I’M confident that you’ve been there at one point or another; new job, new working environment, new employees and the new and varied personalities which ensue. Starting a new job can be an exciting, but at the same time quite daunting experience. The fear of not knowing what to expect from your new colleagues can leave you feeling like a fish out of water.
In the first 30 days after you commence employment you will generally feel that you have something to prove. After all, you were chosen from several highly qualified candidates to do a job and therefore you want to ensure that the employer does not regret their decision. You want to demonstrate how much of an expert you are on all topics in and out of your scope of work and you want to master organizational processes which may have very well taken other employees years to grasp.
If you’re lucky, you’ll get an official induction/orientation on the job or possibly find that one employee who is willing to take you under his or her wing and ensure that you grasp all the necessary information to carry out your job in an efficient manner. Sadly, the reality is that most times new recruits are left to “figure it out” all on their own. While being able to work independently and take initiative are very highly sought after job skills, providing little to no support to a new recruit may severely impact organizational productivity.
In her article entitled, The Effect of Communication on Productivity, entrepreneur and award-winning journalist Linda Ray states, “Productivity increases when your employees are satisfied with their jobs and with the level of communication they receive from management. […] When employees receive regular feedback on their performance, and are told what’s going on in the company and what role they play in the overall success of the business, they will reward you by working harder and more efficiently.”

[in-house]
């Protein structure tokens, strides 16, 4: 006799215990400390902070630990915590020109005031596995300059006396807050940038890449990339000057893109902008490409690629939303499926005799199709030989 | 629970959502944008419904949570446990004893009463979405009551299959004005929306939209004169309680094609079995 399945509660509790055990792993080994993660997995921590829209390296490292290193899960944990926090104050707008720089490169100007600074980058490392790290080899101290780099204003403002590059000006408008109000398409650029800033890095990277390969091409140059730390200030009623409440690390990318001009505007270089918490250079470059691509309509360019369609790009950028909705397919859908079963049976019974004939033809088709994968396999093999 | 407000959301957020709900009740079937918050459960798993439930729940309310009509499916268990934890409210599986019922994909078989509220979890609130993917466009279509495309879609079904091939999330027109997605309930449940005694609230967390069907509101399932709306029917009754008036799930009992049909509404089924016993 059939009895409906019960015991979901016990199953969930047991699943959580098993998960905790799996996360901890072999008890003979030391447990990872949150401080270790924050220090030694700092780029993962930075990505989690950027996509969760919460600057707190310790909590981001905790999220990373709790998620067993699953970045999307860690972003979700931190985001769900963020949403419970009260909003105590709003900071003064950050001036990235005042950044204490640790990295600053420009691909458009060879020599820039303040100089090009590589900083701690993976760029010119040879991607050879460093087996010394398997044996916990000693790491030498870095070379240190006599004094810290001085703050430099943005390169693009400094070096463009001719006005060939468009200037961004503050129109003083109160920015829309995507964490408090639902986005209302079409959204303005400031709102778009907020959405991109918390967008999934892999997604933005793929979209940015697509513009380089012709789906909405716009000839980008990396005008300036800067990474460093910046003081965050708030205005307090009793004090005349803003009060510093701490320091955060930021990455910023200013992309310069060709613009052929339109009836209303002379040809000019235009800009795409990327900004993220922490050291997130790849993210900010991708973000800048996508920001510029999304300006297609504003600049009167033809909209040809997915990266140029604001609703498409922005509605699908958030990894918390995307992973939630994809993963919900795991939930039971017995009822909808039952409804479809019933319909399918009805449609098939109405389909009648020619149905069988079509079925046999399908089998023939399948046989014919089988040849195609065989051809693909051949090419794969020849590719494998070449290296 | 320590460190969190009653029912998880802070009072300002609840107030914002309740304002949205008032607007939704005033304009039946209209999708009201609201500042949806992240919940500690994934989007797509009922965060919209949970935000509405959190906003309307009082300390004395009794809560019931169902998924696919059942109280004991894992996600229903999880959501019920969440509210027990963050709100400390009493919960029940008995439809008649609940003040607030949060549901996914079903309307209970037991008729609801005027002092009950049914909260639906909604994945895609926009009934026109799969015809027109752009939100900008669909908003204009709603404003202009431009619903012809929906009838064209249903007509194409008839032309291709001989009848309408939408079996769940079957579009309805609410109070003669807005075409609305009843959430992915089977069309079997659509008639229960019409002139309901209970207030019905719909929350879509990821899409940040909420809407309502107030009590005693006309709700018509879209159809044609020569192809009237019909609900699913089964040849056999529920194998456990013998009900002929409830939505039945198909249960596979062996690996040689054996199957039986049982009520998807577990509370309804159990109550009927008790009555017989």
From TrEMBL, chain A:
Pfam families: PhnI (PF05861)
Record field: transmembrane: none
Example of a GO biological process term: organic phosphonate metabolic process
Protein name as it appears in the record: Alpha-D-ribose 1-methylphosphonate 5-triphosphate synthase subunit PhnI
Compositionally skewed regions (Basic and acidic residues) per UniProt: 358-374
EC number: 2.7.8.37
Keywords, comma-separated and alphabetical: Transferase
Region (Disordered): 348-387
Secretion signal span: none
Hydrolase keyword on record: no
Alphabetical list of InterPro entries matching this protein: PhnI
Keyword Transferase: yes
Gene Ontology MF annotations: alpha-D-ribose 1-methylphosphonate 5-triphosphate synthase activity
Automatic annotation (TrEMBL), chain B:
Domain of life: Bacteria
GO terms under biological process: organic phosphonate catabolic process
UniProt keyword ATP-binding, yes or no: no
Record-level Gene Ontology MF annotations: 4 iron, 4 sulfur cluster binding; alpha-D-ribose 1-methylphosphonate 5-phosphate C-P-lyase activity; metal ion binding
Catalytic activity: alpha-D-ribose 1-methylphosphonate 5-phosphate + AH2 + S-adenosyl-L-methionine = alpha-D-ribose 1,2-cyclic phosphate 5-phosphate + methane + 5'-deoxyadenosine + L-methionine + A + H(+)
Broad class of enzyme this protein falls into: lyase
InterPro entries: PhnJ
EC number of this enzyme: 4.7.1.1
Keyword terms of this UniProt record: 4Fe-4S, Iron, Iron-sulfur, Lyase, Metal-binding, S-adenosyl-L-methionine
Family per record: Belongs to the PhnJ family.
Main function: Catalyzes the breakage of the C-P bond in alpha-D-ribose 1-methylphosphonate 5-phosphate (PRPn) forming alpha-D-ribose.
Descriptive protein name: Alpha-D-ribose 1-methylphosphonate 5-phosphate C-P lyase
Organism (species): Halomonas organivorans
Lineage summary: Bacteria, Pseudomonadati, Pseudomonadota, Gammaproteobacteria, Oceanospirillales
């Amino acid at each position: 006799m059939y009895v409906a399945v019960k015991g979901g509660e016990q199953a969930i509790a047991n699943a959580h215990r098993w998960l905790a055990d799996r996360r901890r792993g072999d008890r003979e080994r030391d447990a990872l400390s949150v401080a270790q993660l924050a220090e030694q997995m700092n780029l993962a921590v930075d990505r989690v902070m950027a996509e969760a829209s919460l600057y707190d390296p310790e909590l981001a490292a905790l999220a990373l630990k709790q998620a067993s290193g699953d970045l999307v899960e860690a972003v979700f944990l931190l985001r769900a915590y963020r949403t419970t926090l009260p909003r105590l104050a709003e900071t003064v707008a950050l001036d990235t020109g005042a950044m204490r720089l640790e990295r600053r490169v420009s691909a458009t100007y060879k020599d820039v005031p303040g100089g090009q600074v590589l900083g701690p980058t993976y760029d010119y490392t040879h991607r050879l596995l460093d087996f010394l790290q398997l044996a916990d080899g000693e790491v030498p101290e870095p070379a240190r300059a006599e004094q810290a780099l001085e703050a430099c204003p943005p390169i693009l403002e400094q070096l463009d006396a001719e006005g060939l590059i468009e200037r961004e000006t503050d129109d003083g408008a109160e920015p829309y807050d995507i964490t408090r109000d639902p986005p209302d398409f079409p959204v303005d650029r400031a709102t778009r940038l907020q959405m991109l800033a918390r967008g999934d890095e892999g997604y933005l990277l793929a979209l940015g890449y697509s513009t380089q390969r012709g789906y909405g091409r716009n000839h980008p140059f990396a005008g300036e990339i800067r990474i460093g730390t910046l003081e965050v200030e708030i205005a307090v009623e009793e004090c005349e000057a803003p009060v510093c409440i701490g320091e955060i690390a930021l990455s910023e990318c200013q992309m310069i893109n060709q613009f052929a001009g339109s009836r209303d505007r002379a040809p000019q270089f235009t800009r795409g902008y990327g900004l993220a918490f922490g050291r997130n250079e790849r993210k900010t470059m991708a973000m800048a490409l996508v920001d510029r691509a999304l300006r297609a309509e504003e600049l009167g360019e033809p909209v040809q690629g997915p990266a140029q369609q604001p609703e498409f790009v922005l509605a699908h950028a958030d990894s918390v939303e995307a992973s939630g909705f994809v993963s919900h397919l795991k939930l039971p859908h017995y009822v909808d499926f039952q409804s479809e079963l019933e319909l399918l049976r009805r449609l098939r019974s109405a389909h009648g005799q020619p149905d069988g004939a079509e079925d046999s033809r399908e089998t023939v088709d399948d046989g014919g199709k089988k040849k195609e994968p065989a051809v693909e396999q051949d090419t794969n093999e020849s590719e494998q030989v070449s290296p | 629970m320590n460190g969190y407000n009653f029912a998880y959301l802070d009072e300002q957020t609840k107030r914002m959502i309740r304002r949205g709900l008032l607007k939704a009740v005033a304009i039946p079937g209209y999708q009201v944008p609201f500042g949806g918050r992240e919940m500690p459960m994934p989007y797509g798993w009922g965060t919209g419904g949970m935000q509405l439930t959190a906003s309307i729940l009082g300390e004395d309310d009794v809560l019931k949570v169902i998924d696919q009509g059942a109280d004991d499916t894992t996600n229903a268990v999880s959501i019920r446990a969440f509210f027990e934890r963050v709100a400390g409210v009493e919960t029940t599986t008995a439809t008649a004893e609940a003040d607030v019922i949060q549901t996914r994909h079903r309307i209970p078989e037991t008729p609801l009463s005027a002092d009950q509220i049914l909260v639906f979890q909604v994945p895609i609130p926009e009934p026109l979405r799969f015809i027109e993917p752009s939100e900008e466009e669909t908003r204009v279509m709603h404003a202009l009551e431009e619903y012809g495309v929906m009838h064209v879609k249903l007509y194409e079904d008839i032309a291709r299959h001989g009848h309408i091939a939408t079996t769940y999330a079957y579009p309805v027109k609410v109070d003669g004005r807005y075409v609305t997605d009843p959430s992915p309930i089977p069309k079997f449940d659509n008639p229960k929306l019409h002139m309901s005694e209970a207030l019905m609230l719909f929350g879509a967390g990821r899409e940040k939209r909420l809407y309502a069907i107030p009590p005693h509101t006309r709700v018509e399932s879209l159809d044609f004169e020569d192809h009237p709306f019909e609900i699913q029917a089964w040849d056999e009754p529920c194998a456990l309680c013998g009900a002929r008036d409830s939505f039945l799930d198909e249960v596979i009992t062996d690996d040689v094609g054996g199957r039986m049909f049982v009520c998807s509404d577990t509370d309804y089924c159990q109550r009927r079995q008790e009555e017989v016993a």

As elementary as it may seem, information sharing and communication are pivotal factors in increasing job efficiency and productivity. Consequently, one of the major shortcomings of modern-day organizations is that the leaders tend to assume and often expect employees to have information that they have not formally disseminated. Employee ignorance (lack of knowledge), particularly as it pertains to what exactly required of them in their specific job function and how it fits into the overall organization strategic objectives, generally result in misunderstanding. An employee may therefore spend much time engaging in time- wasting activities which add little value to achieving the company’s vision and mission which may hinder personal and organizational productivity in the process.
Every organization wants to improve productivity and efficiency. Thankfully, communications and information sharing has become increasingly easier by the advent of the Internet/technological age. Leaders now have a multitude tools at their fingertips to ensure that their subordinates are kept up to date, almost instantaneously.
When leaders take the time to ensure that employees are informed the positive outcome is immediately visible. Firstly, there is less misunderstanding as employees have a clear idea and direction of what is required of them and the overall reason for what they are doing. Employees also feel that they are empowered to do their work as management has made their inclusion in the “big picture” a priority. Additionally, there is increased accountability as employees know exactly what they are working towards and want to ensure that they deliver on what is expected of them.
By properly managing their information sharing and overall communications processes organizations will undoubtedly achieve the productivity gains they are searching for. Not only will this boost employee morale and increase productivity, it will also result in an overall more pleasant working environment.